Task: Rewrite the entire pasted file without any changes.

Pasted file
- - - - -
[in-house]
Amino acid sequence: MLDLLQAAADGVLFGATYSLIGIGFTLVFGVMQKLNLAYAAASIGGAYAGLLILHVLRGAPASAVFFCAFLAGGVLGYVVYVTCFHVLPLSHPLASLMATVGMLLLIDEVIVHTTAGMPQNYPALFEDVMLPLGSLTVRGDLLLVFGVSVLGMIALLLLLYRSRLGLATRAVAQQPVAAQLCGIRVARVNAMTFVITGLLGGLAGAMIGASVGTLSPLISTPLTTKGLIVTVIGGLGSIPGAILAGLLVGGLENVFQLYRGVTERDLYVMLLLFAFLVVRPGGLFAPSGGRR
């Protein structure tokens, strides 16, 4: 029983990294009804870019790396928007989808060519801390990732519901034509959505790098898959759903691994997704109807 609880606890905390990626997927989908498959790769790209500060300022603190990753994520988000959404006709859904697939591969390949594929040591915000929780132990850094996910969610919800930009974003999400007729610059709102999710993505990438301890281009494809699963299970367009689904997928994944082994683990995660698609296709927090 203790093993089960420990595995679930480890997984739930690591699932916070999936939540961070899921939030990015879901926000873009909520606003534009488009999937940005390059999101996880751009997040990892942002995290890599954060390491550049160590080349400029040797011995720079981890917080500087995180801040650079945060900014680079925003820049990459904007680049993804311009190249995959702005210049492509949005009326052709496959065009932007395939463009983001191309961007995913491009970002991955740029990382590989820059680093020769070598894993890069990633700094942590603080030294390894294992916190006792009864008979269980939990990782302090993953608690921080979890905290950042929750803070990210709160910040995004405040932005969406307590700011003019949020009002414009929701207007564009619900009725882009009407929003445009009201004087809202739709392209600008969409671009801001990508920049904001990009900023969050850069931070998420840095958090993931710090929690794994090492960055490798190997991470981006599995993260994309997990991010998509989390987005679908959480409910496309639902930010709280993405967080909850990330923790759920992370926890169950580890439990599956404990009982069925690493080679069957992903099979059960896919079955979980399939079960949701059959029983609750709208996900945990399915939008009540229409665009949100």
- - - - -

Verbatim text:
[in-house]
Amino acid sequence: MLDLLQAAADGVLFGATYSLIGIGFTLVFGVMQKLNLAYAAASIGGAYAGLLILHVLRGAPASAVFFCAFLAGGVLGYVVYVTCFHVLPLSHPLASLMATVGMLLLIDEVIVHTTAGMPQNYPALFEDVMLPLGSLTVRGDLLLVFGVSVLGMIALLLLLYRSRLGLATRAVAQQPVAAQLCGIRVARVNAMTFVITGLLGGLAGAMIGASVGTLSPLISTPLTTKGLIVTVIGGLGSIPGAILAGLLVGGLENVFQLYRGVTERDLYVMLLLFAFLVVRPGGLFAPSGGRR
């Protein structure tokens, strides 16, 4: 029983990294009804870019790396928007989808060519801390990732519901034509959505790098898959759903691994997704109807 609880606890905390990626997927989908498959790769790209500060300022603190990753994520988000959404006709859904697939591969390949594929040591915000929780132990850094996910969610919800930009974003999400007729610059709102999710993505990438301890281009494809699963299970367009689904997928994944082994683990995660698609296709927090 203790093993089960420990595995679930480890997984739930690591699932916070999936939540961070899921939030990015879901926000873009909520606003534009488009999937940005390059999101996880751009997040990892942002995290890599954060390491550049160590080349400029040797011995720079981890917080500087995180801040650079945060900014680079925003820049990459904007680049993804311009190249995959702005210049492509949005009326052709496959065009932007395939463009983001191309961007995913491009970002991955740029990382590989820059680093020769070598894993890069990633700094942590603080030294390894294992916190006792009864008979269980939990990782302090993953608690921080979890905290950042929750803070990210709160910040995004405040932005969406307590700011003019949020009002414009929701207007564009619900009725882009009407929003445009009201004087809202739709392209600008969409671009801001990508920049904001990009900023969050850069931070998420840095958090993931710090929690794994090492960055490798190997991470981006599995993260994309997990991010998509989390987005679908959480409910496309639902930010709280993405967080909850990330923790759920992370926890169950580890439990599956404990009982069925690493080679069957992903099979059960896919079955979980399939079960949701059959029983609750709208996900945990399915939008009540229409665009949100």